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Celebrate fathers with A Well-Respected Man by @DavidWBerner #fiction #fathersday #giveaway

Title: A Well-Respected Man

Author: David W. Berner

Genre: Fiction

Book Blurb: Professor Martin Gregory is the author of a critically acclaimed novel of love and longing, a cult favorite among women. The book brings him unexpected status and prestige, but also unwelcome fame. A love affair with one of his students derails his career and breaks his heart. Coming to terms with a life knocked off balance, Martin retreats to a quiet English village, only to be confronted at his flat by a mystery woman with an unexpected message and an implausible request, one that could alter his life forever.


Martin Gregory slept in an ordinary twin bed in his rented

flat. His place was sparsely furnished but comfortable. There was

a small kitchen table and two wooden chairs, a writing desk,

a worn leather couch, and a single chair in the living space. It

was how he liked it. Simple. There were no mirrors, photos, or

paintings. The only item he’d tacked to the wall since moving

to Banbury three years ago was a pencil sketch from his journal,

a drawing of the town’s train station at night. He had captured

it while waiting alone just after dusk for a cab following a visit

to London to see Westminster Abbey for the first time. Martin

could hear a light rain on the window and see the milky, gray

light of a March sunrise through the bedroom blinds. On his

nightstand, next to an old wind-up Big Ben alarm clock, was a

hardback copy of Ulysses, a weathered edition he found in a used

bookstore just after the holidays. He’d promised himself he’d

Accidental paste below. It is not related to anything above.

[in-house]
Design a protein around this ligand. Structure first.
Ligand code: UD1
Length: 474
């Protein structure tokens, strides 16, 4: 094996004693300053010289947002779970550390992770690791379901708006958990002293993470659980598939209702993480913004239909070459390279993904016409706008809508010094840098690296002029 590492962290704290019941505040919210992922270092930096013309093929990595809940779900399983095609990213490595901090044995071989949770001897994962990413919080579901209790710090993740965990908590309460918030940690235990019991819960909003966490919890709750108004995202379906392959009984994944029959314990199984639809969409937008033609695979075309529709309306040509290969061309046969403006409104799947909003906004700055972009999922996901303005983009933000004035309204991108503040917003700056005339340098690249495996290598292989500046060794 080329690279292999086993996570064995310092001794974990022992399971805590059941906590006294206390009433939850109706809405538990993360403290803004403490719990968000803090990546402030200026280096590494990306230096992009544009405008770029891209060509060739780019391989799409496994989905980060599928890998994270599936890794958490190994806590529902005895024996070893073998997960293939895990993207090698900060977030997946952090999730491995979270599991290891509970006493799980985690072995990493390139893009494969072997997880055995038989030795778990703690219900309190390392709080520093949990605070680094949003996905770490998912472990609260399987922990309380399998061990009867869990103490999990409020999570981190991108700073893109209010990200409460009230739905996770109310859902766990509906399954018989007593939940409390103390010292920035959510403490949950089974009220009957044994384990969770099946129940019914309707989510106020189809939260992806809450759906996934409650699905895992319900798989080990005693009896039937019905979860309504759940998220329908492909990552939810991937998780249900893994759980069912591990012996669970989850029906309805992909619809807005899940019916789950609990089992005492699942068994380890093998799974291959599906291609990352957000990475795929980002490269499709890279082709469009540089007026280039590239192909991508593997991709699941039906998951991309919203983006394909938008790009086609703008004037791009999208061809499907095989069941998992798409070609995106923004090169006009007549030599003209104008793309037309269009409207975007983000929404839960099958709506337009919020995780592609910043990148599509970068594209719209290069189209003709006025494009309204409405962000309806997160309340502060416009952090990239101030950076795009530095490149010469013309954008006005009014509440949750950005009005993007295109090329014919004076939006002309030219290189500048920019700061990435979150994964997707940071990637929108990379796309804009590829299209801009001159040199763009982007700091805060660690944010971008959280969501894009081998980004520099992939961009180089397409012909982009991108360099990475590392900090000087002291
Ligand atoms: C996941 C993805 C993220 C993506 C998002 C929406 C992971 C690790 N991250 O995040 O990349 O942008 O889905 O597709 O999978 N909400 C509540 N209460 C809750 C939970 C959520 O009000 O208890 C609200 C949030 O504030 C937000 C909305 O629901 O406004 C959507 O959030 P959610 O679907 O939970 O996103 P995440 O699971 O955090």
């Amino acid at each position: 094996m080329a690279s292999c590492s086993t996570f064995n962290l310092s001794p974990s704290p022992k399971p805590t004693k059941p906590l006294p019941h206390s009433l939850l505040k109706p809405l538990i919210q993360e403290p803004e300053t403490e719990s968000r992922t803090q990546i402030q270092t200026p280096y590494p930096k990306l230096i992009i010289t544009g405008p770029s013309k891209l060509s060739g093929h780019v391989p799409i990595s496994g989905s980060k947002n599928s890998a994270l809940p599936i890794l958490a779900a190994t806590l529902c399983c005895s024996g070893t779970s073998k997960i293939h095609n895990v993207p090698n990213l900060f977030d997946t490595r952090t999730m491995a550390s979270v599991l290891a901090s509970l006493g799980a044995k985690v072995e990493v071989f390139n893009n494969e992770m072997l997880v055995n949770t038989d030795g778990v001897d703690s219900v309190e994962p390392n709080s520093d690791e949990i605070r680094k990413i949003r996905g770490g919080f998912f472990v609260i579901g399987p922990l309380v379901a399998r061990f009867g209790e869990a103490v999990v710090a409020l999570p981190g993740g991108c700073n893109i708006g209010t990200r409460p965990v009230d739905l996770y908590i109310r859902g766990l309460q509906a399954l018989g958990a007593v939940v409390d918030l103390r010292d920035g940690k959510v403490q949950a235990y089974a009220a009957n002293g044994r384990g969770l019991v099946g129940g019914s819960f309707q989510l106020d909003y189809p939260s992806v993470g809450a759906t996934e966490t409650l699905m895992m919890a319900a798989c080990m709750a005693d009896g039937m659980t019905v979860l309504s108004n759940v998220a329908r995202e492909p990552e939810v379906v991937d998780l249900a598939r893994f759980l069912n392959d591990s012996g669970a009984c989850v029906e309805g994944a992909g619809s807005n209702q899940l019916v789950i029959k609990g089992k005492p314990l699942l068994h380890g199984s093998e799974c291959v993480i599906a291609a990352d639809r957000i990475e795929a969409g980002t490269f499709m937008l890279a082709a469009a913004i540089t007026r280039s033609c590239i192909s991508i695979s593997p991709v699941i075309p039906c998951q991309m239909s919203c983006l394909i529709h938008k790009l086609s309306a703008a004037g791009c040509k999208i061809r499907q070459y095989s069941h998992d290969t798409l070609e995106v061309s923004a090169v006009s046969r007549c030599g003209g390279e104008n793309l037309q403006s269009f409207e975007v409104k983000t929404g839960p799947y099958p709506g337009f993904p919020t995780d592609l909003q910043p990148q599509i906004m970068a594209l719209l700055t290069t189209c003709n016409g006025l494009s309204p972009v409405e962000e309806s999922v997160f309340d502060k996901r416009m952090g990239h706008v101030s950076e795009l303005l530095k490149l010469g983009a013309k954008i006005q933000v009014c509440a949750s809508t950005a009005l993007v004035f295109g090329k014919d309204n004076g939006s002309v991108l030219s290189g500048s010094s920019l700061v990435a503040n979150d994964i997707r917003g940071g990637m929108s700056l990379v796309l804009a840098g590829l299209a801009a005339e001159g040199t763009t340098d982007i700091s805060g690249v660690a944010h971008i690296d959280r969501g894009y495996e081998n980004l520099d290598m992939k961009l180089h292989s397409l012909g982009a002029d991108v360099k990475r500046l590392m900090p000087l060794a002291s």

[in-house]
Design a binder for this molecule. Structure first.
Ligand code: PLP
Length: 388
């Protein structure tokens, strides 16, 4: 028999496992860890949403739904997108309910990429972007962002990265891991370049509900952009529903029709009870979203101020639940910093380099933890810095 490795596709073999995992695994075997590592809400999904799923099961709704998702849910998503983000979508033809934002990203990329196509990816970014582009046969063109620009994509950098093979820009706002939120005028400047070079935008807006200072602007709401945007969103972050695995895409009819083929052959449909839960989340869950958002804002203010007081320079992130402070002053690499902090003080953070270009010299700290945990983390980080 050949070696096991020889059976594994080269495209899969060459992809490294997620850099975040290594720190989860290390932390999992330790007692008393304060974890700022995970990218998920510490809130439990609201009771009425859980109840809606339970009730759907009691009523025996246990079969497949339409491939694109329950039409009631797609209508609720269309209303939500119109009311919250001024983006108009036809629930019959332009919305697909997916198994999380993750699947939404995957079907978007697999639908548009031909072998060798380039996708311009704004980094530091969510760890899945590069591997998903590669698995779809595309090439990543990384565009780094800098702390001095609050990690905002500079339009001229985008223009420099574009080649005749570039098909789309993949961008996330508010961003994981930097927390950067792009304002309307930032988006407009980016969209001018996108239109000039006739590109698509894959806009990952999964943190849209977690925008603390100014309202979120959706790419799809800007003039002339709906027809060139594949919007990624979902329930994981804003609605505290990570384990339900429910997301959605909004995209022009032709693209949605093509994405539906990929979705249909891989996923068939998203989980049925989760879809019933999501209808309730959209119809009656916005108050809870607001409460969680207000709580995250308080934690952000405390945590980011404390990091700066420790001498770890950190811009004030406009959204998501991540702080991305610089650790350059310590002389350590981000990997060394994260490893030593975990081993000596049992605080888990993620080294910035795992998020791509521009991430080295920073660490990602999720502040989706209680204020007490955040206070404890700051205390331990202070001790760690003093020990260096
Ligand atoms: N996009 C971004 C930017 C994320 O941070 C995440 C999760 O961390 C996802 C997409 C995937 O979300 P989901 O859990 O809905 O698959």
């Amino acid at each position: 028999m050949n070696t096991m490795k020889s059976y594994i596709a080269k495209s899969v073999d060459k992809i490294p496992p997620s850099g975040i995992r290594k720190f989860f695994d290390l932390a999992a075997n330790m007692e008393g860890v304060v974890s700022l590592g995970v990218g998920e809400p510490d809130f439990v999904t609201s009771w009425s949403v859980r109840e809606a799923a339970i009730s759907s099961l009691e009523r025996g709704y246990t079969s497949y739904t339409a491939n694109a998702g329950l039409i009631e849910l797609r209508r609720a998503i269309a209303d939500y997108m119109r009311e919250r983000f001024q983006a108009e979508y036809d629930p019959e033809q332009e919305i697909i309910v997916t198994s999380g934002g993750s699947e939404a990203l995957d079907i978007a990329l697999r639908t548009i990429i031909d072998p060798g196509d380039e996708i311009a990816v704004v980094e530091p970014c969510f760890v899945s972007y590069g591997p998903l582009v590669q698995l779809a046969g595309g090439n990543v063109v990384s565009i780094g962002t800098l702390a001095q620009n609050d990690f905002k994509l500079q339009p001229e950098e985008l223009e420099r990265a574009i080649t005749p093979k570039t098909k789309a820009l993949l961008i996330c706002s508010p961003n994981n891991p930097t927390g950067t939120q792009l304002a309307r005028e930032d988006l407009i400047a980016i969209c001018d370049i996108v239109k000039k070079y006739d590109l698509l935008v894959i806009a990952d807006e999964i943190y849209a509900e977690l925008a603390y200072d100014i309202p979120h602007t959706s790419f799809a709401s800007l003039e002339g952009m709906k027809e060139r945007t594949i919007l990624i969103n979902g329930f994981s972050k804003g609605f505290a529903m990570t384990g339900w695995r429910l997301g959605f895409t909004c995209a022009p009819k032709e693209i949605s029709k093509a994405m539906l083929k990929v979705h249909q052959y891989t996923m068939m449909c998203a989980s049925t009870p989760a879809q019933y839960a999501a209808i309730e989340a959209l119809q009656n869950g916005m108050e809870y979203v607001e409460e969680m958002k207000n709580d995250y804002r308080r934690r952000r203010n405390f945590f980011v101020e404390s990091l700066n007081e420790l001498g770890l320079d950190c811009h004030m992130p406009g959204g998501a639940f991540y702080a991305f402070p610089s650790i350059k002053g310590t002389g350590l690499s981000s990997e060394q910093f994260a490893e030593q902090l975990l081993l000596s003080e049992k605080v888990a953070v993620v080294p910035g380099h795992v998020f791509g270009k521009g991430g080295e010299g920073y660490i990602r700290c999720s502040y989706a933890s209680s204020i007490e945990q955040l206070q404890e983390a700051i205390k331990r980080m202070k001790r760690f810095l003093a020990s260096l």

finally get around to reading Joyce’s masterpiece, but it had been

weeks since he last dog-eared any of the pages.

Martin untangled himself from the light gray sheets and

wrapped a tattered robe over his shoulders, tucked his disheveled,

graying, still thick-but-in-need-of-a-trim hair behind his ears,

and shuffled to the kitchen to put water on the stove. Martin

was trim, in an angular way. Not athletic, just lean. His build

suggested he once had more energy for the world. He wasn’t old,

certainly. Forty was the new twenty, or at least the new thirty.

And he kept busy. But a certain spark had dimmed. Desired

routine had emerged. He once wanted to make history with his

prose. It was never about fame; it was about legacy. But he knew

how a dream like that was for fools. He was not bitter; he had

only become realistic. Celebrity had never been what he wanted.

Still, it had found him for a time.

Dismayed to find the coffee container empty, Martin dug

out the previous morning’s grinds from the bottom of the small

French press on the counter, enough to make one weak cup.

He washed his face, put on one of the four blue button-down

shirts he owned, tied one of his three obligatory rep ties, pulled

on a pair of threadbare khakis and his grey herringbone coat—a

wardrobe he had adopted since coming to England. He grabbed

the still damp, black umbrella he’d left leaning against the wall

by the front door the previous evening and headed through the

entranceway and into the weather. It was then that he noticed

her, standing erect on the gravel in the space between the walkway